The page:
Study Guide

Something Wicked This Way Comes The Supernatural

By Ray Bradbury

The Supernatural

The supernatural in Something Wicked This Way Comes is used primarily in connection with perpetrating evil, although "good" magic is ultimately used to conquer the carnival freaks. Supernatural elements within the novel are powered by human emotion and belief, however. Evil has no hold over characters if they make conscious choices in opposition to it, and the good magic ultimately used to conquer evil is grounded in positive human emotions such as love. Additionally, we see that Bradbury's is a particular brand of supernatural, one intimately connected to the imaginative outlook of adolescent boys.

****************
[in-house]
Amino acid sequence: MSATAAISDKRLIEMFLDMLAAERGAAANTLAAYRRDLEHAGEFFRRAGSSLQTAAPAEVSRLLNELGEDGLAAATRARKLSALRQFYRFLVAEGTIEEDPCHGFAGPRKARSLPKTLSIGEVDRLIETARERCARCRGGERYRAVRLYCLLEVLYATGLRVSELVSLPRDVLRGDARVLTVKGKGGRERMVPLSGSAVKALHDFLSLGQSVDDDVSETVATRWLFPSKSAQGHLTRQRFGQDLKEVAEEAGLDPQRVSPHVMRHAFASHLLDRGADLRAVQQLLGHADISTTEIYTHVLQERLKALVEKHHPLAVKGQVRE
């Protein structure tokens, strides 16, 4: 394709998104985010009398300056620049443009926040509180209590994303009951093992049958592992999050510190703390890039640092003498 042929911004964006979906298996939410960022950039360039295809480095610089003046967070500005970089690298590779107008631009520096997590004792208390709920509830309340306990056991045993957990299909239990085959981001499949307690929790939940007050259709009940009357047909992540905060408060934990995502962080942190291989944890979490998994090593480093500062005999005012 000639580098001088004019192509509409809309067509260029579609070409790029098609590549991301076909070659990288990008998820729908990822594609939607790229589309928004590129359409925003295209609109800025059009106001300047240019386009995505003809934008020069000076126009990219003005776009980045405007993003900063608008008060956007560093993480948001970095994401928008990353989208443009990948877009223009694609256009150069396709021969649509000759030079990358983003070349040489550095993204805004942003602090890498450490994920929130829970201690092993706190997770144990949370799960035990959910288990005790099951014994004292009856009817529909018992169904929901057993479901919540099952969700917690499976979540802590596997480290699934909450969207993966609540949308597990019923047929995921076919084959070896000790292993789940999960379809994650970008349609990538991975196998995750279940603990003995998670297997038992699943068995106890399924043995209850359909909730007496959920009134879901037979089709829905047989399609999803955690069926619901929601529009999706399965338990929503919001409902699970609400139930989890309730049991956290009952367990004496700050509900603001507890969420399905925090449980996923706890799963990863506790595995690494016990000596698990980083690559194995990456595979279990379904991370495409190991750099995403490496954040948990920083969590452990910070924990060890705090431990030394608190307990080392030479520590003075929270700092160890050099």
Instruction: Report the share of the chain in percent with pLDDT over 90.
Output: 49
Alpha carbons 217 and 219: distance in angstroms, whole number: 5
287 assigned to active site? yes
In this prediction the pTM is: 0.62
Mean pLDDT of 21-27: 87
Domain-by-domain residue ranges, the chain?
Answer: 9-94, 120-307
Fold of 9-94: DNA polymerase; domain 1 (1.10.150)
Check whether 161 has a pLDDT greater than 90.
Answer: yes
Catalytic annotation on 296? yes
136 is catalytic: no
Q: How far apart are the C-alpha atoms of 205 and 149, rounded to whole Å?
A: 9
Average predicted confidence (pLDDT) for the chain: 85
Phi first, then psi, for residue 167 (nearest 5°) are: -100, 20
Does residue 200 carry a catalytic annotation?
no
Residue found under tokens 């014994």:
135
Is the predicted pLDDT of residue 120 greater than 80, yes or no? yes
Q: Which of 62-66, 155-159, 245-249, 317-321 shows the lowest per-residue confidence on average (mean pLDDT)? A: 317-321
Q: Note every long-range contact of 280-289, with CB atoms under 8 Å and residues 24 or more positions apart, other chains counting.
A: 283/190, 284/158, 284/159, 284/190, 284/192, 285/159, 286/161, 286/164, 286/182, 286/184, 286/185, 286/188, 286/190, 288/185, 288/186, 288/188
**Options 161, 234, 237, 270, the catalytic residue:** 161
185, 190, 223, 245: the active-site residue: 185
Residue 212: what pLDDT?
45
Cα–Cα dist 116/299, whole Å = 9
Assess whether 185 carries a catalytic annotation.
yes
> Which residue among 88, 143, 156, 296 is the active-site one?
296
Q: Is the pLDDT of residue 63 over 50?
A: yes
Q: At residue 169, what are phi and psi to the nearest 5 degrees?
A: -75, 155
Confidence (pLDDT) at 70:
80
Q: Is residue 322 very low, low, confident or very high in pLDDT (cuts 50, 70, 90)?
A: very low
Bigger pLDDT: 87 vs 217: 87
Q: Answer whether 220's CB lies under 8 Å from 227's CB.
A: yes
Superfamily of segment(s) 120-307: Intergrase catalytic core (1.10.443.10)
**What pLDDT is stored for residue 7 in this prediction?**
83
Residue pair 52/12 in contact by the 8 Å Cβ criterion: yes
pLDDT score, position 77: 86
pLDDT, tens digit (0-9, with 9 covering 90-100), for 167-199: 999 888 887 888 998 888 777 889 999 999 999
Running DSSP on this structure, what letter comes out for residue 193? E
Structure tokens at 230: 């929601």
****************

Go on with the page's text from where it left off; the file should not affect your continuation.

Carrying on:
Questions About The Supernatural

  1. To what extent is the supernatural believable in Something Wicked This Way Comes? Start by thinking about Chapter 24, when the boys and the policemen watch a few carnival acts rehearse. Was the supernatural in operation the whole time?
  2. Is supernatural always employed as a tool of evil in Something Wicked This Way Comes? If no, how does "good" supernatural compare to "evil" supernatural?
  3. We chose to classify this novel as "Horror" in our discussion of the novel, but you might make an argument for "Magical Realism." Do some research on these genres and decide which you think best fits, given the appearance of the supernatural in the text.
  4. What's the difference between the truly horrifying and kid-friendly scary? Which do we have here?

Chew on This

The supernatural in Something Wicked This Way Comes stems from real life issues like love, community, and temptation.

The supernatural element of this novel is simply the dark version of the supernatural element in Bradbury's novel Dandelion Wine.